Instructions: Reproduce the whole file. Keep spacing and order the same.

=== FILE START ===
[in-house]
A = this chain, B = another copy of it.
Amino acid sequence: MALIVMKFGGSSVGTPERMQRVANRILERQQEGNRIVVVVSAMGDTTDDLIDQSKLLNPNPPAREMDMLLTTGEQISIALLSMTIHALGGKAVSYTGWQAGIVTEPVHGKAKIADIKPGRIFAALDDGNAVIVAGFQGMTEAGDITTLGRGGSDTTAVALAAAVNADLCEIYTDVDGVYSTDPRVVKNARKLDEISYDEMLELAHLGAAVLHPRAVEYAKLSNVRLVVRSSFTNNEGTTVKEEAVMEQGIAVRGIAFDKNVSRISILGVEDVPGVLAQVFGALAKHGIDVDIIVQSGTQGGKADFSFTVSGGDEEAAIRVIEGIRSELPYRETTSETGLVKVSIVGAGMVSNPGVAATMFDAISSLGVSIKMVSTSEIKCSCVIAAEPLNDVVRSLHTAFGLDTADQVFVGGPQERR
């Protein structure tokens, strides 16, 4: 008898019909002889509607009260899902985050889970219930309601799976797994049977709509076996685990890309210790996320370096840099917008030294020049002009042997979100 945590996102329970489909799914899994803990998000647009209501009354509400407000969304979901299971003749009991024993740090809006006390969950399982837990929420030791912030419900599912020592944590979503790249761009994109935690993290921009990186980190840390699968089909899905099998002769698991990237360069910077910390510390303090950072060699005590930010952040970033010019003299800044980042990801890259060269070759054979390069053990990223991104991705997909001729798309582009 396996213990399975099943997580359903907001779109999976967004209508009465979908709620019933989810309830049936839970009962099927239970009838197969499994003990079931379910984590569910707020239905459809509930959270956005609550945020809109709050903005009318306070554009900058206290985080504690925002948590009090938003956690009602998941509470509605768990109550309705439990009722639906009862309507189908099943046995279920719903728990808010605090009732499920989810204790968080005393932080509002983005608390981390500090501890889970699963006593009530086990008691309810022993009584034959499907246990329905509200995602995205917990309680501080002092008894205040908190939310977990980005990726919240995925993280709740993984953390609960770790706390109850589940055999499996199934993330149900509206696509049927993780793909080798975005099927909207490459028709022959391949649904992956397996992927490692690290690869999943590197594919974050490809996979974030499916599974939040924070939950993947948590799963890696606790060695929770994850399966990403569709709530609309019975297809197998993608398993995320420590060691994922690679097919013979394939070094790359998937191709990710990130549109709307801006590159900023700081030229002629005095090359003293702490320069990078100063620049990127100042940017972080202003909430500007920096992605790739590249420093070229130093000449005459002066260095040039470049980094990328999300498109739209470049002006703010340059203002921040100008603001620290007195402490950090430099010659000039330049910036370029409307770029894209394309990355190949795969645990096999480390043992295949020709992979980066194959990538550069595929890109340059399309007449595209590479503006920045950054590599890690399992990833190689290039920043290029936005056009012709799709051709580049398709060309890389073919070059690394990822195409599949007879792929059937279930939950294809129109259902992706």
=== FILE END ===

[in-house]
A = this chain, B = another copy of it.
Amino acid sequence: MALIVMKFGGSSVGTPERMQRVANRILERQQEGNRIVVVVSAMGDTTDDLIDQSKLLNPNPPAREMDMLLTTGEQISIALLSMTIHALGGKAVSYTGWQAGIVTEPVHGKAKIADIKPGRIFAALDDGNAVIVAGFQGMTEAGDITTLGRGGSDTTAVALAAAVNADLCEIYTDVDGVYSTDPRVVKNARKLDEISYDEMLELAHLGAAVLHPRAVEYAKLSNVRLVVRSSFTNNEGTTVKEEAVMEQGIAVRGIAFDKNVSRISILGVEDVPGVLAQVFGALAKHGIDVDIIVQSGTQGGKADFSFTVSGGDEEAAIRVIEGIRSELPYRETTSETGLVKVSIVGAGMVSNPGVAATMFDAISSLGVSIKMVSTSEIKCSCVIAAEPLNDVVRSLHTAFGLDTADQVFVGGPQERR
């Protein structure tokens, strides 16, 4: 008898019909002889509607009260899902985050889970219930309601799976797994049977709509076996685990890309210790996320370096840099917008030294020049002009042997979100 945590996102329970489909799914899994803990998000647009209501009354509400407000969304979901299971003749009991024993740090809006006390969950399982837990929420030791912030419900599912020592944590979503790249761009994109935690993290921009990186980190840390699968089909899905099998002769698991990237360069910077910390510390303090950072060699005590930010952040970033010019003299800044980042990801890259060269070759054979390069053990990223991104991705997909001729798309582009 396996213990399975099943997580359903907001779109999976967004209508009465979908709620019933989810309830049936839970009962099927239970009838197969499994003990079931379910984590569910707020239905459809509930959270956005609550945020809109709050903005009318306070554009900058206290985080504690925002948590009090938003956690009602998941509470509605768990109550309705439990009722639906009862309507189908099943046995279920719903728990808010605090009732499920989810204790968080005393932080509002983005608390981390500090501890889970699963006593009530086990008691309810022993009584034959499907246990329905509200995602995205917990309680501080002092008894205040908190939310977990980005990726919240995925993280709740993984953390609960770790706390109850589940055999499996199934993330149900509206696509049927993780793909080798975005099927909207490459028709022959391949649904992956397996992927490692690290690869999943590197594919974050490809996979974030499916599974939040924070939950993947948590799963890696606790060695929770994850399966990403569709709530609309019975297809197998993608398993995320420590060691994922690679097919013979394939070094790359998937191709990710990130549109709307801006590159900023700081030229002629005095090359003293702490320069990078100063620049990127100042940017972080202003909430500007920096992605790739590249420093070229130093000449005459002066260095040039470049980094990328999300498109739209470049002006703010340059203002921040100008603001620290007195402490950090430099010659000039330049910036370029409307770029894209394309990355190949795969645990096999480390043992295949020709992979980066194959990538550069595929890109340059399309007449595209590479503006920045950054590599890690399992990833190689290039920043290029936005056009012709799709051709580049398709060309890389073919070059690394990822195409599949007879792929059937279930939950294809129109259902992706």